The Yankees have not been shy about sending prep draftees to full season ball the year after the draft and Rutherford figures to follow that path. Unlike, say, Gosuke Katoh and Dante Bichette Jr., Rutherford is more than ready for the assignment because he’s a polished hitter, not just a guy with big rookie ball stats. He turns 20 in March and will be one of the youngest players in the Low-A South Atlantic League to open the 2017 season, assuming that’s where the Yankees send him.

My Take
How could you not love Rutherford? There’s very little not to like about him. He’s a true four-tool player — his arm is the only thing that’s lacking — and a good athlete with baseball smarts. His upside is significant and he could be a rare quick moving high school bat. Splitting next season between Low-A and High-A wouldn’t completely shock me. Rutherford has that kind of ability.

The Yankees have a loaded farm system right now. They have several high-end prospects and a ton of depth, and Rutherford has as much long-term ceiling as anyone in the system. There’s a good chance, maybe even a great chance, that at this time next year Rutherford will be the top prospect in the organization, even ahead of the totally awesome Gleyber Torres. It’s been a long time since the Yankees landed a talent like Rutherford in the draft.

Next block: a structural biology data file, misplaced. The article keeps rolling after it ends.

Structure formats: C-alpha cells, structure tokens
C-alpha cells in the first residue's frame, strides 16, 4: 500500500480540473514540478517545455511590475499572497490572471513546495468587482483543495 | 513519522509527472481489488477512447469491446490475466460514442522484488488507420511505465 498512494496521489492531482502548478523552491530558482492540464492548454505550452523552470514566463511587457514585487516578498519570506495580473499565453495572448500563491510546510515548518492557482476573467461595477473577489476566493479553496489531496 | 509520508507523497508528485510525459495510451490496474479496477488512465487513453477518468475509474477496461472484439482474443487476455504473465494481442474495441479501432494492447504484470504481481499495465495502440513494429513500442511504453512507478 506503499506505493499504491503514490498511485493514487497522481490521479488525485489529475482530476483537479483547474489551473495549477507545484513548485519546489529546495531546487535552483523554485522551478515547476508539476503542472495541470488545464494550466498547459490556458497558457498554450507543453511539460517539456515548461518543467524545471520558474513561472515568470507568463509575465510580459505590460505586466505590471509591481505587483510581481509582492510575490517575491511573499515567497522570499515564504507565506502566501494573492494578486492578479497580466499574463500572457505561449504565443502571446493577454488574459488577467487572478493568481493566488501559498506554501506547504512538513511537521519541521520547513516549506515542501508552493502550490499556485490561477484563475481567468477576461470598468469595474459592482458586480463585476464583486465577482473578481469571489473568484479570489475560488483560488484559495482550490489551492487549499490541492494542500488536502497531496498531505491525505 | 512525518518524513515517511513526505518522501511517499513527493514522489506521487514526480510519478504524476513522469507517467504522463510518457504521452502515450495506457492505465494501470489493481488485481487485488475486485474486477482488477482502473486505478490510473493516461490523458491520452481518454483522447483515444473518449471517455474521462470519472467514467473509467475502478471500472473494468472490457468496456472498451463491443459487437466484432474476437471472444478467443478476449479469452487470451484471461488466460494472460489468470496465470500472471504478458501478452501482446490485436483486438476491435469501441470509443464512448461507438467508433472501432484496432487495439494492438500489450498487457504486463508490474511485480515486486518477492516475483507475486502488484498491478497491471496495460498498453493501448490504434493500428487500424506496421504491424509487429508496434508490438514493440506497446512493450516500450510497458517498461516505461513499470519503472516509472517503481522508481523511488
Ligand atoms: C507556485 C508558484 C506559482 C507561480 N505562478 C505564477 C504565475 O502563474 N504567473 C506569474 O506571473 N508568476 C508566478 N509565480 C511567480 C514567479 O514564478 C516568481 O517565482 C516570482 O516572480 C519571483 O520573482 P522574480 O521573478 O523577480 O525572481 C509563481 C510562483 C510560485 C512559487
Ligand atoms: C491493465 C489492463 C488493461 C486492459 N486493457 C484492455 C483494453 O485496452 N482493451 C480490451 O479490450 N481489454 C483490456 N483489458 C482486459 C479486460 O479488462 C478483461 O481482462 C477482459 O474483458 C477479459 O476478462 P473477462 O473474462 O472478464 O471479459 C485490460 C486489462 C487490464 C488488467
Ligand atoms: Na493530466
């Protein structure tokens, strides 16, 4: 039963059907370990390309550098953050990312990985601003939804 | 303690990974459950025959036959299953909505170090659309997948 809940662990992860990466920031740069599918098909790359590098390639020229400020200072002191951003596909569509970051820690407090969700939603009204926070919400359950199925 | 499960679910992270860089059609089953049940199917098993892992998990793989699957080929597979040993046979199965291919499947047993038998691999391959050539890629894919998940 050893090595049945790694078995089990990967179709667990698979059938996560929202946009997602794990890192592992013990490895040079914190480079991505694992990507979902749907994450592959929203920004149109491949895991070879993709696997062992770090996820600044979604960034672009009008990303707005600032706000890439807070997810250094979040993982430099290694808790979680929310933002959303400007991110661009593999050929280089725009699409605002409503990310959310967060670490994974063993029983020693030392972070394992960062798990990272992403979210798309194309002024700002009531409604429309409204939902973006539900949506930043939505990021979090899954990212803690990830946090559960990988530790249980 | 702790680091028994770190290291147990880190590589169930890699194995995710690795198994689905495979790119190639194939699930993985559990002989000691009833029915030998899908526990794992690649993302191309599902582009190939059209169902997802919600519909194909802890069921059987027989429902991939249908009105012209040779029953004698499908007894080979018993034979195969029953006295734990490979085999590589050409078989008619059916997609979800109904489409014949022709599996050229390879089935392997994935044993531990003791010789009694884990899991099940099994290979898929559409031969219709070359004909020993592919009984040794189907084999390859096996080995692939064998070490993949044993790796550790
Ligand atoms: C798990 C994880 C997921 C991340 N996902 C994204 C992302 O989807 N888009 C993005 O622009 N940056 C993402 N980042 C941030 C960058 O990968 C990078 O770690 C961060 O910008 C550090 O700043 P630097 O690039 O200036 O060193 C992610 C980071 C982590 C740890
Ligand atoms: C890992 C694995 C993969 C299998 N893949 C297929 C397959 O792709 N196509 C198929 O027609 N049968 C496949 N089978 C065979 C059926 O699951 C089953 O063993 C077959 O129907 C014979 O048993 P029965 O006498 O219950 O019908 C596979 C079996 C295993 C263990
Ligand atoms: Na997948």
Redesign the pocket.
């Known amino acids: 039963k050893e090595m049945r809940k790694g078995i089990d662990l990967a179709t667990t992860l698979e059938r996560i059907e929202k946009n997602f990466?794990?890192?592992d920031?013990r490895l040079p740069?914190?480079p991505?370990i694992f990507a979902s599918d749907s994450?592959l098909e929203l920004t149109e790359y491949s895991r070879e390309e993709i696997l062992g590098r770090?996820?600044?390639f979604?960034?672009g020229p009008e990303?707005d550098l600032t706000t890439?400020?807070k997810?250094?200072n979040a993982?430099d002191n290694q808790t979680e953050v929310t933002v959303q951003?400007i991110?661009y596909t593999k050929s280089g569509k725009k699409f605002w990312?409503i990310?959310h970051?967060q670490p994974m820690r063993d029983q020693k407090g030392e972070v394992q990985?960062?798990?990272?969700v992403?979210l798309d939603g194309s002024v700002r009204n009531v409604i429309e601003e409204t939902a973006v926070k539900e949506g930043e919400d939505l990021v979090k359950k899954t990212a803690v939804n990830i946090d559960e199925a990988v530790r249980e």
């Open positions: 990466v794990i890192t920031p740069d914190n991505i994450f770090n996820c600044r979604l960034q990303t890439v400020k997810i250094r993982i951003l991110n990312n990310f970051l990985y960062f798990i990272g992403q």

Prospect Profile: Dillon Tate

(Presswire)
(Presswire)

Dillon Tate | RHP

Background
Tate, 22, was born and raised in Southern California, and he attended Claremont High School in the Los Angeles suburbs. He earned all sorts of baseball and academic honors, and during the summers he trained at MLB’s Urban Youth Academy in Compton.

Baseball America ranked Tate as the 79th best prospect in California and 391st best prospect overall in the 2012 draft class. Their scouting report said he “could develop into an impact prospect” in college, and noted there were “scouts who regard him as a sleeper worth gambling on inside the top 10 rounds this year.”

Despite that praise, Tate went undrafted out of high school and wound up at UC Santana Barbara. He rarely pitched as a freshman — four games and three innings, that’s it — before pitching for the Urban Youth Academy Barons of the California Collegiate League in the summer. Tate threw another 32.2 innings in the CCL. He told Grace Raynor he vowed to himself that summer to become a first round pick after watching the 2013 draft on television.

As a sophomore in 2014, Tate took over as the Gauchos’ closer and pitched to a 1.45 ERA with 46 strikeouts and 17 walks in 43.1 innings. He was among the finalists for the National Collegiate Baseball Writers Association Stopper of the Year award as the nation’s top reliever. Tate pitched for Team USA in the summer and was ranked the fifth best prospect on the team by Jim Callis, one spot ahead of James Kaprielian.